Big Wave Surf Spots

Big wave surfing is a class of its own. Consequences are high, risk is huge, and the reward is something else entirely.

Big wave surfing can be classified as either tow-in or paddle surfing waves that are 20 feet and larger.

Where are the Biggest Waves in the World?

Big waves typically occur when the ocean floor moves from very deep to very shallow. For many big waves around the world, you’ll find the breaking over shallow reefs, banks, and rocks and near deep water canyons or open ocean.

Big Wave Surf Spots

Cortes Bank

Offshore, Southern California

Cortes Bank breaks about 100 miles offshore of Southern California (roughly 110 miles west of Point Loma in San Diego. The wave breaks on a small, shallow seamount bank that’s considered to be part of the Channel Islands. Swells move from very deep, open ocean to the shallow peaks of the bank to create giant surf. The biggest waves surfed there range from 70 to 90 feet.

Ghost Trees

Monterey County, California

Ghost Trees is a tow-in big wave surf spot that breaks over large rocks and boulders just offshore of Pebble Beach. Waves can reach upwards of 50 to 60+ feet. The giant wave boils and ledges as it passes over the large, shallow boulders.

Jaws (Pe’ahi)

Maui, Hawaii

Waves at Jaws can exceed 60 feet. Both tow-in and paddle-in big wave surfing happen here. Jaws is known as one of the cleaner big wave spots, but that doesn’t make it any less challenging or dangerous.


Half Moon Bay, California

Mavericks features up to 60 foot waves breaking over a jagged, rocky reef surrounded by deeper channels that focus the swell’s energy. In 1975, 17-year old Half Moon Bay local, Jeff Clark became the first person to surf big Mavericks. It wasn’t until the ’90s when the big wave spot started gaining wider recognition.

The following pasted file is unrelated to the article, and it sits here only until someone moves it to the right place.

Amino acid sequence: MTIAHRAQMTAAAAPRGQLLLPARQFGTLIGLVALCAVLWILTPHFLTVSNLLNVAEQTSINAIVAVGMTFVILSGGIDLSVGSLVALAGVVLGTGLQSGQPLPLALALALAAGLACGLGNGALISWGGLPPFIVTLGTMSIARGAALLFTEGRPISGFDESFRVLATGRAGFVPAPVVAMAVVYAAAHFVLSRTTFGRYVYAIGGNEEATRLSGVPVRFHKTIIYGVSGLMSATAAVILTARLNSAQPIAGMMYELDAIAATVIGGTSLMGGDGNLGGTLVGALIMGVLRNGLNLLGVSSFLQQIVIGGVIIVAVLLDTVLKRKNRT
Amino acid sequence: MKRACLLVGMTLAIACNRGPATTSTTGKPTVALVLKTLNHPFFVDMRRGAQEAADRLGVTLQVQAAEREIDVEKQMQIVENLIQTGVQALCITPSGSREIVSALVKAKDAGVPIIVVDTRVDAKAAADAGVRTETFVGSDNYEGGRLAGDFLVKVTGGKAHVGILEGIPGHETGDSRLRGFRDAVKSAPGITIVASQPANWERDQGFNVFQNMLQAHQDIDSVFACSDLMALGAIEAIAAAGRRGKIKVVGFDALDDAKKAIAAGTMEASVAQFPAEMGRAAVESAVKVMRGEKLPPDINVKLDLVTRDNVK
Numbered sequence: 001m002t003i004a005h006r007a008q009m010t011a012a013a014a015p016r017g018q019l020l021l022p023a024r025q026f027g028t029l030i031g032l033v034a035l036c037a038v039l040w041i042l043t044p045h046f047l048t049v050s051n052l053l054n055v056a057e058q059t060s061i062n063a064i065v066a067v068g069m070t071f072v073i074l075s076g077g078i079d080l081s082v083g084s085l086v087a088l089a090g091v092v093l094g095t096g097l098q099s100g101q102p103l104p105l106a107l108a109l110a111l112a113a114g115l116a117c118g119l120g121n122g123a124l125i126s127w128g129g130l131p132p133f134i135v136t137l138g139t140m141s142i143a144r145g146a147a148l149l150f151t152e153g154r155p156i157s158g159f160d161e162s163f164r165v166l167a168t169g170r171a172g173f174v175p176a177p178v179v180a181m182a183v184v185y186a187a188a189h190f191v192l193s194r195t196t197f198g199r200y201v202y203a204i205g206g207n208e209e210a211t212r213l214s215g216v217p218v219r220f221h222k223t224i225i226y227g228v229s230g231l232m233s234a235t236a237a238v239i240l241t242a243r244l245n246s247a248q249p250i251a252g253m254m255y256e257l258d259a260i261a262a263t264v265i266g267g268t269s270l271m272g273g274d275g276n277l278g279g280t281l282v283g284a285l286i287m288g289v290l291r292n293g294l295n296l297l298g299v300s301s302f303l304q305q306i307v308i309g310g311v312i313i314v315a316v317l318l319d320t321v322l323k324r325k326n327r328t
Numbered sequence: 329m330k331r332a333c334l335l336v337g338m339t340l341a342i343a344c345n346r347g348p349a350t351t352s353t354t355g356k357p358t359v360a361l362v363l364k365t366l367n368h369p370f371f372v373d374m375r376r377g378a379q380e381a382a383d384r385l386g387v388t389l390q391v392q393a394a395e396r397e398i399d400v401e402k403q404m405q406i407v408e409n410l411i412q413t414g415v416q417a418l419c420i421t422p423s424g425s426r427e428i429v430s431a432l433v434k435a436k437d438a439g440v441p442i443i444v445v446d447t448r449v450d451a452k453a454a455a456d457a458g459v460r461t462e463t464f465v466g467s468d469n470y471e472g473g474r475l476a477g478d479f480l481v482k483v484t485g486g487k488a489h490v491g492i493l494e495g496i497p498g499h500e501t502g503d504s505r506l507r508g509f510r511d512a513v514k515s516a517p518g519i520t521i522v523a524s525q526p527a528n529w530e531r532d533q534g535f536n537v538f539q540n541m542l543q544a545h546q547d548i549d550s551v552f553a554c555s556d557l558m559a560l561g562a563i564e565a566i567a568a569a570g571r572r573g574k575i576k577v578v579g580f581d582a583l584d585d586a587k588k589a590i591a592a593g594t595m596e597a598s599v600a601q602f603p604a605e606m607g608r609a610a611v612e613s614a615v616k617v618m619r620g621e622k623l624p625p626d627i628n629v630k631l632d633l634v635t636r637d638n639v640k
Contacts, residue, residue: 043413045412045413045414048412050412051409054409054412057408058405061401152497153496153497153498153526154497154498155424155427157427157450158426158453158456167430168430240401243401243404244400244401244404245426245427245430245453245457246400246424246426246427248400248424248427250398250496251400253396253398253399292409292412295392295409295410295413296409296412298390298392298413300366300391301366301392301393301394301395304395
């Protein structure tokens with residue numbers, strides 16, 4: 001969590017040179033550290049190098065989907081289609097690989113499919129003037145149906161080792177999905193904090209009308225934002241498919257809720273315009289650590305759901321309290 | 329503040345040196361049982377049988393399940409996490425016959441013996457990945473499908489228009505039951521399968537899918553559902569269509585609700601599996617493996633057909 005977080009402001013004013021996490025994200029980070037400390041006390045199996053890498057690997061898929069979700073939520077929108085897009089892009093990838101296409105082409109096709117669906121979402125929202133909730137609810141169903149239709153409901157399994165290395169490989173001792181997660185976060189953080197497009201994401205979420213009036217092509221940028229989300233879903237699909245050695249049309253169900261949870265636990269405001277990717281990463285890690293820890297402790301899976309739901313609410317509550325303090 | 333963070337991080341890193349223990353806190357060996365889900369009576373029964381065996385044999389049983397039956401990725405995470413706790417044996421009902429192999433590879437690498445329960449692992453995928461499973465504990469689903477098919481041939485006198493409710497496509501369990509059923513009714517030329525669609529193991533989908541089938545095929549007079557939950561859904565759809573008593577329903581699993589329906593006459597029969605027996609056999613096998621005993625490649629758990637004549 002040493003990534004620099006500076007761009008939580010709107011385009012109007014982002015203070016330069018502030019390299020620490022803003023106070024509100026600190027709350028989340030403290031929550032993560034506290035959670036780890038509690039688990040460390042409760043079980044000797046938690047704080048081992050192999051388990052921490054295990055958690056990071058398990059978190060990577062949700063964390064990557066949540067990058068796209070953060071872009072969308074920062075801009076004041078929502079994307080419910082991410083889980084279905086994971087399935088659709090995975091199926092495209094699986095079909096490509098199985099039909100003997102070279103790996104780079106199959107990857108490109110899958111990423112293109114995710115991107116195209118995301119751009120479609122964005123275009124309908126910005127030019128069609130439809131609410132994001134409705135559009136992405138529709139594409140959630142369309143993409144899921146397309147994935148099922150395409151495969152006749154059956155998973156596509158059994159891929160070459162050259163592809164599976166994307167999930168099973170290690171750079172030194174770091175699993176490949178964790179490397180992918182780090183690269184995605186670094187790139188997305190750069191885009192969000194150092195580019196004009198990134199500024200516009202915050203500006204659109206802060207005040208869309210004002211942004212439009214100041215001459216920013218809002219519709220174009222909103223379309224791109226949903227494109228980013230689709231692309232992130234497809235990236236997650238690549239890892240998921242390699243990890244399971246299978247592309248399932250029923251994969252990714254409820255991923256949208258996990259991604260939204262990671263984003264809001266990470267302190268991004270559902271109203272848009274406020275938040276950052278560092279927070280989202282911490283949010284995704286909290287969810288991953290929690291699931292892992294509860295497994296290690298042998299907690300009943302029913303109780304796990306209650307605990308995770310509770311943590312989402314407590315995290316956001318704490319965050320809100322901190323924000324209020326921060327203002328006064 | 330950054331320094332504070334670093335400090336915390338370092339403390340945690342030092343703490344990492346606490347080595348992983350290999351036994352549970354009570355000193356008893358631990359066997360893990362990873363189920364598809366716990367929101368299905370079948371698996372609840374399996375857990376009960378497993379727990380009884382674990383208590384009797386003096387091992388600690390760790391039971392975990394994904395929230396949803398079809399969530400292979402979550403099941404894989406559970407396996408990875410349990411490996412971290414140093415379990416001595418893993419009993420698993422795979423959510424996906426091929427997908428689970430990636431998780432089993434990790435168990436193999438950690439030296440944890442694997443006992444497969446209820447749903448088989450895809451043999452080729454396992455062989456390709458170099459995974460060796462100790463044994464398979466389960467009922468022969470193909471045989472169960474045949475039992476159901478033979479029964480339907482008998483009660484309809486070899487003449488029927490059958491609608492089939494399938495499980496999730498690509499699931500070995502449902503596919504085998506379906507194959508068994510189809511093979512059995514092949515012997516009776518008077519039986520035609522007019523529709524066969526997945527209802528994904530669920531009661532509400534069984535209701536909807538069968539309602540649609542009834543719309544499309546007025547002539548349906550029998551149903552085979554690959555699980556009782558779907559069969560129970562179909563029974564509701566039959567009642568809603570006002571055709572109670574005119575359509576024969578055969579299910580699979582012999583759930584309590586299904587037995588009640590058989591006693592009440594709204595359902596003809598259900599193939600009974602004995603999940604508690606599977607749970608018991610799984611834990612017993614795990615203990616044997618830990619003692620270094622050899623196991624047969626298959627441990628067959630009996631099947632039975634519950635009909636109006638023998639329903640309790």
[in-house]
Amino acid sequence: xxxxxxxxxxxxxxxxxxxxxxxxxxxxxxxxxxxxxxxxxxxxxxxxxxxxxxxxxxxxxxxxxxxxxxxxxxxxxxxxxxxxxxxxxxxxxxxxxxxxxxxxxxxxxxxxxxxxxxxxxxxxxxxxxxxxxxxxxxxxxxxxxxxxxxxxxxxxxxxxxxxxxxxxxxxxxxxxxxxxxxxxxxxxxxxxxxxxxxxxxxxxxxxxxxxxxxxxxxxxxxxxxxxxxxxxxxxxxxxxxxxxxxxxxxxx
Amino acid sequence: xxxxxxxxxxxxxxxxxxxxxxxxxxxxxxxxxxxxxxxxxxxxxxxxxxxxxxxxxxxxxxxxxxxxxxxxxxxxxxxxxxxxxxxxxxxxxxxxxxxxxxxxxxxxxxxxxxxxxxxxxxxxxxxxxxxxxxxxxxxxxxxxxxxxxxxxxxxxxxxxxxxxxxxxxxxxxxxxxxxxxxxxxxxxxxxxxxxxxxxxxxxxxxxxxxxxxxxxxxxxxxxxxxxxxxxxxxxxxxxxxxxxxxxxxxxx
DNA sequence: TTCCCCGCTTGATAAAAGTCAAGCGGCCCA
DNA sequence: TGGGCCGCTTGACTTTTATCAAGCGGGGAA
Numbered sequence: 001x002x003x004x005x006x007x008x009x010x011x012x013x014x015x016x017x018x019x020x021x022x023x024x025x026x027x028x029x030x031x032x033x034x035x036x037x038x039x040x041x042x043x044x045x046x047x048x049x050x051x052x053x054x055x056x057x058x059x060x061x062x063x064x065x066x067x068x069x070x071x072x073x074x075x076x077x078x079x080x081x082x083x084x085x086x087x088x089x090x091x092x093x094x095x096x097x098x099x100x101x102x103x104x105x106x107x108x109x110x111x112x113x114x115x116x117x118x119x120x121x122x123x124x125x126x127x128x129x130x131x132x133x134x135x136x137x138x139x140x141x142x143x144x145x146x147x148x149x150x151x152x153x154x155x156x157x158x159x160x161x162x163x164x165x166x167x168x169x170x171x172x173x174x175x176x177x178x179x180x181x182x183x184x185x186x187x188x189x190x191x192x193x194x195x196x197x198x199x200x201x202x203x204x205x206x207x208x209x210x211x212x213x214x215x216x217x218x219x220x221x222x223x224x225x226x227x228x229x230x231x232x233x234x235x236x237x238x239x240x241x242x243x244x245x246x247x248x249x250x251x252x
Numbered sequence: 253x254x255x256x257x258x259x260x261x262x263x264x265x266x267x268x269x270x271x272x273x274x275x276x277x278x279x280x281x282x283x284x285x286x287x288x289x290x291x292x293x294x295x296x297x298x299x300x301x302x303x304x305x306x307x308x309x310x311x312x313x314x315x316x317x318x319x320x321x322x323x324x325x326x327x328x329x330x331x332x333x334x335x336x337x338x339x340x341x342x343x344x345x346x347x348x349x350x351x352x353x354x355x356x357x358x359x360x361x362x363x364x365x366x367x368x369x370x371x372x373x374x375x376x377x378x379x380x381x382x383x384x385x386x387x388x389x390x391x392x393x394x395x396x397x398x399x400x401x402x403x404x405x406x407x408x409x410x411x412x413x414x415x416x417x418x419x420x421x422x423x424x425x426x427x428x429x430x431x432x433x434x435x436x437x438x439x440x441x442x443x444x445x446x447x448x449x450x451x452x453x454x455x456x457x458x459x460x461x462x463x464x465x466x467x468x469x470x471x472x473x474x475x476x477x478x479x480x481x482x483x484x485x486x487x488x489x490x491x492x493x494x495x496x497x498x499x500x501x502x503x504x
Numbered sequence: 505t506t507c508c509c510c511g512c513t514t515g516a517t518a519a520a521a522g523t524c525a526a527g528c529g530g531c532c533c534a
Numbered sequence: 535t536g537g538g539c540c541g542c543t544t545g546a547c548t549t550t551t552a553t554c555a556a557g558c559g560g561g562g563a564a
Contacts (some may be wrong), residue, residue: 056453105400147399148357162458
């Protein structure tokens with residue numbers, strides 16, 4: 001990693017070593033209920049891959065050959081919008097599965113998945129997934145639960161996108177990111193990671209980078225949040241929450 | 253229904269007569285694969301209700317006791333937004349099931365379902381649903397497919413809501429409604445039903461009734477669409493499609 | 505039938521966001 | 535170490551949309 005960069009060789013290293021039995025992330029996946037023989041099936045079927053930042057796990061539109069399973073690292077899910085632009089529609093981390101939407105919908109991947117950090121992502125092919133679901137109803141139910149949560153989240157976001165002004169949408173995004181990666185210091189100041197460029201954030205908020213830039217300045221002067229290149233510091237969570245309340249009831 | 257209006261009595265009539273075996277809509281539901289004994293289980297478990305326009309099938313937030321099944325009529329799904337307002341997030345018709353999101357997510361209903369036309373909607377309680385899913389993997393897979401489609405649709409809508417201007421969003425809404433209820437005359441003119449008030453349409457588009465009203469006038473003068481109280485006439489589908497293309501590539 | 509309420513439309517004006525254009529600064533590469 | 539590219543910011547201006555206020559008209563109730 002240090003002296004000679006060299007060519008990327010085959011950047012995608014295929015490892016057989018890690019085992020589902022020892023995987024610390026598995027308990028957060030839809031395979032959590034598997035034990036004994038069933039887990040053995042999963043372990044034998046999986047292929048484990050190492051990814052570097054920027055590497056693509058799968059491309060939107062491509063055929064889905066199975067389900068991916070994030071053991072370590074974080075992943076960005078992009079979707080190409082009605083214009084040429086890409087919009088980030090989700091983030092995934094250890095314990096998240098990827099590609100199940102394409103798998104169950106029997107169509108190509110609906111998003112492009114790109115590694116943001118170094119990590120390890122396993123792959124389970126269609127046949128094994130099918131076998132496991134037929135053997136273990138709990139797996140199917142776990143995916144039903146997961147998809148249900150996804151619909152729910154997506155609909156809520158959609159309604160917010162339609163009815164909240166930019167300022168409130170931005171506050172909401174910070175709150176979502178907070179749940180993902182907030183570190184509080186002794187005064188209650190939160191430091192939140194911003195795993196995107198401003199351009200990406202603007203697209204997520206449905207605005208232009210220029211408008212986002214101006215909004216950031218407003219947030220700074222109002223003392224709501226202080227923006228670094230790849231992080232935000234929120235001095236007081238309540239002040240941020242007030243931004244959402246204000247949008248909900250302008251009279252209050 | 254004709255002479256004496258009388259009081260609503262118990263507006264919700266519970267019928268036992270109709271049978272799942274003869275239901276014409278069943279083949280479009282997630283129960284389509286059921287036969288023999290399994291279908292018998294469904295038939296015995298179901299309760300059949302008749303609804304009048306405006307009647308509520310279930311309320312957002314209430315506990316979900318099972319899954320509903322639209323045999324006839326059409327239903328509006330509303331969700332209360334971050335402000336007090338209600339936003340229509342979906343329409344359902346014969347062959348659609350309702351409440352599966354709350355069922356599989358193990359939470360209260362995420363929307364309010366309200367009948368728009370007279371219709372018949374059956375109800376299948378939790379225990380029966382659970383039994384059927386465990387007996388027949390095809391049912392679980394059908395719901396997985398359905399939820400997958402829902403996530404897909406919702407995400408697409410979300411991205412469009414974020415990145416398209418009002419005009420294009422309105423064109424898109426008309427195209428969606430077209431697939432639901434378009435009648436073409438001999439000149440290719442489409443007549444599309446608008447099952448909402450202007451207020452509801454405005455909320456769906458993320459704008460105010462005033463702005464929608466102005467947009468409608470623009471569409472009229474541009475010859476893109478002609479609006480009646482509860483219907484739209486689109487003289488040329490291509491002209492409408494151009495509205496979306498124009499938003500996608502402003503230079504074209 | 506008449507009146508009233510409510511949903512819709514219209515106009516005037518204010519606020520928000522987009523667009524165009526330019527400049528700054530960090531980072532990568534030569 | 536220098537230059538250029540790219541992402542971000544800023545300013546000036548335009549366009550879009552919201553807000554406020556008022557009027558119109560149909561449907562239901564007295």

Mullaghmore Head

County Sligo, Ireland

Mullaghmore Head features giant, 50ft+ left hand barrels that break over a shallow reef. It requires a big swell and a high tide to be surfable, and is primarily a tow-in spot.


Leiria, Portugal

Nazara Canyon creates the giant waves that break in front of the lighthouse in Nazare. Waves can reach up to 80 to 100 feet. Some of the biggest waves ever surfed have happened here. Tow-in surfing is the only option.

Shipsterns Bluff

Tasmania, Australia

Shipsterns is considered one of the most dangerous big waves in the world – the wave reforms and breaks in steps and drops – making it extremely challenging to surf.



Teahupoo is one of the heaviest, but most perfect waves in the world. As swell moves from deep water to the shallow reef, the thick lip quickly and violently heaves over itself. Waves can reach up to 20+ feet.

Todos Santos

Baja California, Mexico

Todos Santos breaks 12 miles offshore of Islas Todos Santos in Baja California, Mexico. The deep underwater canyon channels the swell’s energy to form huge, powerful waves up to 30 feet.

Waimea Bay

Oahu, Hawaii

Waimea Bay is considered to be the birth place of big wave surfing. With huge, 30ft+ waves breaking close to shore, it’s where the limits of the sport were first tested in the ’50s.

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